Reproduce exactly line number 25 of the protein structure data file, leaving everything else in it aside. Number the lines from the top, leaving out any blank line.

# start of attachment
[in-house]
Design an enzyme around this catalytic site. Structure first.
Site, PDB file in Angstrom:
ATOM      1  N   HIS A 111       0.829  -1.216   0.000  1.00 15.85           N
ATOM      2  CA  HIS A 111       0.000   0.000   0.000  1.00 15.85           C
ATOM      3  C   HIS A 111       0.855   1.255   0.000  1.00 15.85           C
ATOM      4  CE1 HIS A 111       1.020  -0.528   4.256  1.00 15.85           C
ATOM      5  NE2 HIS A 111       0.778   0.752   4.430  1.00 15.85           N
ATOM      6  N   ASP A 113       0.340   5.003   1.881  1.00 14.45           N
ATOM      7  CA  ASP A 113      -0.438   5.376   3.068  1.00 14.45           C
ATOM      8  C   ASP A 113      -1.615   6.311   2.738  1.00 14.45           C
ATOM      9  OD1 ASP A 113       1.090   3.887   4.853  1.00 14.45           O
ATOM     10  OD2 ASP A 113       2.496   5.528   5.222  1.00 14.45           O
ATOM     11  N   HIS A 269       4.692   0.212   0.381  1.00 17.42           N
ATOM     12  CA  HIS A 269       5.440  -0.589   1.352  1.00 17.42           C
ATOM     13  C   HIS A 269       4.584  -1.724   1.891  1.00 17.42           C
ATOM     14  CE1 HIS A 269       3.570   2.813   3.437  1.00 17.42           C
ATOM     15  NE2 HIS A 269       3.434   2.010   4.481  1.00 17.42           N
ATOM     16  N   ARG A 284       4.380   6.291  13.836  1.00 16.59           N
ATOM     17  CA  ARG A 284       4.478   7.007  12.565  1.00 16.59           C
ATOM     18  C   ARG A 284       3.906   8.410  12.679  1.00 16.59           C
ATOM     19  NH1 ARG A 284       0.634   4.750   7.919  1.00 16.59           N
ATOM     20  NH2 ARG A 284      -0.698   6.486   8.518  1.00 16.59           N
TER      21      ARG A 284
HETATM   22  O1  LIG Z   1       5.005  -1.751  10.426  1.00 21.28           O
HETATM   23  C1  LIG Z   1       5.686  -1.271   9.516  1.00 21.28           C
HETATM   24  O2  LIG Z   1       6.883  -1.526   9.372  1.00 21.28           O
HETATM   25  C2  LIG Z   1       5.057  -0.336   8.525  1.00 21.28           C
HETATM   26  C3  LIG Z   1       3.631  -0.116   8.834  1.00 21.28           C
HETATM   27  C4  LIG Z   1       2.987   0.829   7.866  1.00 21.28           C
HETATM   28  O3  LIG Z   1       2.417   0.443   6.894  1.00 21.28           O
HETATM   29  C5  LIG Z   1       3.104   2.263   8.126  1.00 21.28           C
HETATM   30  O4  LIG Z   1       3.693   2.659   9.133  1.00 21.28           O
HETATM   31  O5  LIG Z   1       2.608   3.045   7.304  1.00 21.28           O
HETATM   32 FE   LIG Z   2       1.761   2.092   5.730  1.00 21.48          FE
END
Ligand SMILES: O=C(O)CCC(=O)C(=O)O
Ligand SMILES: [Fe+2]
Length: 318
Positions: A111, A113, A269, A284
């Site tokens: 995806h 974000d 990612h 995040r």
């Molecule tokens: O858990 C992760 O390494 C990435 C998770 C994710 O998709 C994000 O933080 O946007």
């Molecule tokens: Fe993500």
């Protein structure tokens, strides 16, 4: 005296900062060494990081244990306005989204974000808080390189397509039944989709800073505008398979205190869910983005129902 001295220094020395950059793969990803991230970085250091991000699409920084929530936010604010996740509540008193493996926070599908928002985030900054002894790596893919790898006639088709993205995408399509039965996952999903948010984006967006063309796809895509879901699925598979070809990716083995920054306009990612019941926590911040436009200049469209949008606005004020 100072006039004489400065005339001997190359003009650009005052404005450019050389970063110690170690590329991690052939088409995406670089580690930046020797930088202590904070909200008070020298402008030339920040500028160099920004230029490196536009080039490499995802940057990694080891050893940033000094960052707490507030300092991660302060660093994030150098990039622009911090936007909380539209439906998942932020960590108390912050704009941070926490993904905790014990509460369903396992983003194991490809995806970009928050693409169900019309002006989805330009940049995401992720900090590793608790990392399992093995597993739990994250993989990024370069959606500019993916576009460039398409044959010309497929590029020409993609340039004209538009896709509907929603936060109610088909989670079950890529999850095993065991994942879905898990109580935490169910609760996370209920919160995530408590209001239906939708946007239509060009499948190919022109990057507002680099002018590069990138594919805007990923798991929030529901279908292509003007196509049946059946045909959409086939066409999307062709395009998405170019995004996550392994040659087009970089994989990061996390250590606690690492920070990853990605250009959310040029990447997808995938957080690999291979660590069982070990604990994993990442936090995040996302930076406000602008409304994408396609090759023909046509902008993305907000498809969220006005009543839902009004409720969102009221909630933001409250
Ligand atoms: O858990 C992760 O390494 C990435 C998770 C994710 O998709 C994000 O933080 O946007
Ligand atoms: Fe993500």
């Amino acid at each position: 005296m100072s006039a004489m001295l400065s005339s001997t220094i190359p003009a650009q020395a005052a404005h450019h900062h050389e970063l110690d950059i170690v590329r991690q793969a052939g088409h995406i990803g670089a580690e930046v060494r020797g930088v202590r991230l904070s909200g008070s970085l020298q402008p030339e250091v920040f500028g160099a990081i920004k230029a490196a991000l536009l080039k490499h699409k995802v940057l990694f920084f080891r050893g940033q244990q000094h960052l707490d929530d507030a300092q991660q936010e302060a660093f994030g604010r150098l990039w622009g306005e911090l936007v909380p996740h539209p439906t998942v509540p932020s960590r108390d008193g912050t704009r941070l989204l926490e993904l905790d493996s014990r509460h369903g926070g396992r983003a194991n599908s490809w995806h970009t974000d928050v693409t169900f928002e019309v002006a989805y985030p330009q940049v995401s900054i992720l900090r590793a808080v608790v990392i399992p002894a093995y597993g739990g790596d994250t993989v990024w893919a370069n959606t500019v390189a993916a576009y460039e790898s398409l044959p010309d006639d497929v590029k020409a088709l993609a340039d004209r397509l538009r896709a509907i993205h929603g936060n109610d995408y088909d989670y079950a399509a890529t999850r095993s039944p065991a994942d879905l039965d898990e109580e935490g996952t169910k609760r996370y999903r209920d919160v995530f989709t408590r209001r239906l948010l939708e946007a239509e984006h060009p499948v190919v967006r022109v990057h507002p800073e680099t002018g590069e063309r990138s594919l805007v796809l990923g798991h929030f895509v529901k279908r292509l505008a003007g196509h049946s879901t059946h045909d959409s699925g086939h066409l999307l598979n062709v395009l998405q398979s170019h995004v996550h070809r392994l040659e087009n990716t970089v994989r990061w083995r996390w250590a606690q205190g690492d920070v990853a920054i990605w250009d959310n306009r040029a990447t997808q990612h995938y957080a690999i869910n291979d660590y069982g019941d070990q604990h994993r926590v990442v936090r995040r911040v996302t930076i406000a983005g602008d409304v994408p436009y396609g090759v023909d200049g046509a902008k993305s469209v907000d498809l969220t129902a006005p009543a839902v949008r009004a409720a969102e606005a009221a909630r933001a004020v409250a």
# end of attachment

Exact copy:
HETATM   22  O1  LIG Z   1       5.005  -1.751  10.426  1.00 21.28           O